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A Microsoft Volume Licensing Expert Answers your Burning Questions on Licensing the Microsoft Virtual Desktop Infrastructure (VDI).
Microsoft VDI offers the ability to rapidly and securely deploy desktops from a data center to users. IT support teams can manage desktops centrally, and VDI can help improve security by centralizing users’ data. VDI also gives end users the flexibility they need to access their work desktops from almost any device that has a reliable network connection.
Louise Ulrick, a UK-based licensing consultant and trainer, has relished taking the opportunity to answer some of your thornier questions on the licensing of VDI. She first began running licensing training courses all the way back in 1995. Today, Louise continues to love licensing and works all over the world on behalf of Microsoft.
A Microsoft Volume Licensing Expert Answers your Burning Questions on Using Microsoft Virtual Desktop Access (VDA) Licenses.
Thanks to a large response we received to the VDI licensing mail bag, Louise Ulrick, a UK-based licensing consultant and trainer, is following up on that post with a focus on VDA licensing—another useful way Microsoft customers can license virtual desktop scenarios. Louise’s experience spans three decades; she began running licensing training courses all the way back in 1995. Today, Louise continues to love licensing and works all over the world on behalf of Microsoft.
Microsoft VDA licensing can extend the value of a Virtual Desktop Infrastructure by giving additional flexibility for users in terms of where they work and what device they choose to use to access their corporate desktops. Businesses that want, for example, to provide corporate desktops to contractors, or those who are exploring bring-your-own-device (BYOD) scenarios can really benefit from choosing this licensing option.
From virtualization, device proliferation and the consumerization of IT, managing an enterprise’s IT inventory is becoming increasingly complex and time consuming. But it’s a task of significant importance, as organizations want to take advantage of every software license they hold, and manage the updates, support and service that are attendant. Getting an accurate count on software licenses and assets can be difficult. Inventory can consume people resources, time and budget, and even then it leaves many software procurement teams with an “educated guess” on what they need to buy or what they no longer need.
To that end, customers have asked us to help them lower the cost of managing their software licenses. We have responded by providing more robust SAM Services, in addition to free tools such as the Microsoft Assessment and Planning (MAP) Toolkit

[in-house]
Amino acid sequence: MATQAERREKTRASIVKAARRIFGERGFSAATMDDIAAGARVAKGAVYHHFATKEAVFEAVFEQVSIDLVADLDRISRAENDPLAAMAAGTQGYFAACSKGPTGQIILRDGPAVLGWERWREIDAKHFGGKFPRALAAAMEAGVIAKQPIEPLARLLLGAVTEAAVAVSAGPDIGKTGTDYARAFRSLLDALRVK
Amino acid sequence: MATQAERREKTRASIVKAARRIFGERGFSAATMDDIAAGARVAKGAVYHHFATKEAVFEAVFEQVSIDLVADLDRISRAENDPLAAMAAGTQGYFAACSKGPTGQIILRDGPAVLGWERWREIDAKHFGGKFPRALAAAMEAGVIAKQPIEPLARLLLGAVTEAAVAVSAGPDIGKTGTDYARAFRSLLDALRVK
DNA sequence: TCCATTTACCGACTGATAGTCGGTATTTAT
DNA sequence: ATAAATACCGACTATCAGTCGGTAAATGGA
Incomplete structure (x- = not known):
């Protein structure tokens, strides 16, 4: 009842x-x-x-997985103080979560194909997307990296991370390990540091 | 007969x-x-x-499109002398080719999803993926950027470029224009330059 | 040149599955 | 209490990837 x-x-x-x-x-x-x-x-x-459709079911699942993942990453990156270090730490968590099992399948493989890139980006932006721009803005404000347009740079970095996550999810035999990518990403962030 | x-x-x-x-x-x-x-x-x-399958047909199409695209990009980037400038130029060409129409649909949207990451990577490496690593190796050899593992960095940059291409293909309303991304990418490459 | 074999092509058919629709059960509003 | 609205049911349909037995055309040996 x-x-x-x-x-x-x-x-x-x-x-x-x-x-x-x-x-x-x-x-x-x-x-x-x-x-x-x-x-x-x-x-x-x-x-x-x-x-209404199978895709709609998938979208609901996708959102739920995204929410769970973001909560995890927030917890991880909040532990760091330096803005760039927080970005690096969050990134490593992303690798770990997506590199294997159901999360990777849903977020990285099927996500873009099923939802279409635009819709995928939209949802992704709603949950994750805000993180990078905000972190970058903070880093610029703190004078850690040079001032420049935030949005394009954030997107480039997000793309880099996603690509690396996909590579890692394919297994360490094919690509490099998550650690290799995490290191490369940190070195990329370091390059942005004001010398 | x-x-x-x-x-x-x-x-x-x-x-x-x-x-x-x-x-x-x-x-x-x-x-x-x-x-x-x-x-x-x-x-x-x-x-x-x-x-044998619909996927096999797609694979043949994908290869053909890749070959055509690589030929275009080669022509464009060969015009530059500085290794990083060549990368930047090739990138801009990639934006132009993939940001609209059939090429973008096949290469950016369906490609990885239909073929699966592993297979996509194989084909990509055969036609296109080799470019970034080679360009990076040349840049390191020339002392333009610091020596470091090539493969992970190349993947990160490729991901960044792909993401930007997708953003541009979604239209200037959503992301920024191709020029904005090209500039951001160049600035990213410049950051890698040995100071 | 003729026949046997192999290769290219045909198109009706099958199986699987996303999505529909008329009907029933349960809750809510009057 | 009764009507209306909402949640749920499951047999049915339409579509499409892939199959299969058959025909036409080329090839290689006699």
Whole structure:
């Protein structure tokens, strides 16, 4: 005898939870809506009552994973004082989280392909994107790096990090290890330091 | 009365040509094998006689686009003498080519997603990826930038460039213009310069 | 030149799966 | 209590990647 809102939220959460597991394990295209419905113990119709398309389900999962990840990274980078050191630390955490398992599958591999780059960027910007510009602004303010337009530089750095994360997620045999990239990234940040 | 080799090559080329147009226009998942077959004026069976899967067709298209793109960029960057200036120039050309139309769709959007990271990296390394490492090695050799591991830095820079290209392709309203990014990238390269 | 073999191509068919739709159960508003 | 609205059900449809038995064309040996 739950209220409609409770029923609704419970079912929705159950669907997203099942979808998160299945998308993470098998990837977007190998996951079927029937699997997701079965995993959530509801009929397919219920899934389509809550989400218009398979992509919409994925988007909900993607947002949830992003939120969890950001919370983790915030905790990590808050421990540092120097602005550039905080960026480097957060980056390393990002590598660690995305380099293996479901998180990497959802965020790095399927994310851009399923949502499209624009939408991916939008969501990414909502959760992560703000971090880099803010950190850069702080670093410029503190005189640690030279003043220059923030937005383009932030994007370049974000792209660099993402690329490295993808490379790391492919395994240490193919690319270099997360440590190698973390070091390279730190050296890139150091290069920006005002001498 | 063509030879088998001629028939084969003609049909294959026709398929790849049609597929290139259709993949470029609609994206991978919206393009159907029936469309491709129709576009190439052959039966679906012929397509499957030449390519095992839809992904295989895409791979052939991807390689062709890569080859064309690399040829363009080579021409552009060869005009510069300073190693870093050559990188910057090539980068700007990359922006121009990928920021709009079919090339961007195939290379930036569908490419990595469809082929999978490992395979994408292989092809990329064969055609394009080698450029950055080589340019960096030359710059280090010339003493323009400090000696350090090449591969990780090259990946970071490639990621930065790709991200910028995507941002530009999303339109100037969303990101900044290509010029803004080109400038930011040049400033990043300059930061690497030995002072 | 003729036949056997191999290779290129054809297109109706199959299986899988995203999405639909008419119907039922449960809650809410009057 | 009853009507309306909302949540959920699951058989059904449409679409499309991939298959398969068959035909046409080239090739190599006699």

Today, Microsoft is taking its efforts a step further by announcing plans to implement the ISO/IEC 19770-2:2009 standard for software identification tags. These SWID tags are simple XML files embedded in the software that provide a universal method for IT departments to track and manage the software running in their respective IT environments.
This is article four of a four part series of blog posts describing the many benefits of Software Assurance.
Following on our previous article about Software Assurance (SA), which described Microsoft’s more traditional SA benefits, we thought it would be a good timing to highlight one of the more specialized benefits within SA; the Spread Payment benefit.
Widely viewed as an essential ingredient for maximizing the value of Microsoft volume licensing, purchases Software Assurance has been a part of Microsoft’s licensing offerings since 2001. Over time the program has expanded significantly to encapsulate twenty different benefits. Complimentary to other categories of SA benefits such as new version rights, deployment planning, training and support, the Spread Payment option has been an important and integral part of Software Assurance from the initial roll out of the program.
Now that we’re well into 2011 and kicking off Microsoft’s new 2012 fiscal year with the Worldwide Partner Conference, we continue to hear that for many companies, this is the year they’ve resolved to move some or all of their applications to the cloud. As the General Manager of Microsoft’s Worldwide Licensing Programs, my ‘what the cloud means to me’ story looks slightly different from my Microsoft engineering or marketing colleagues.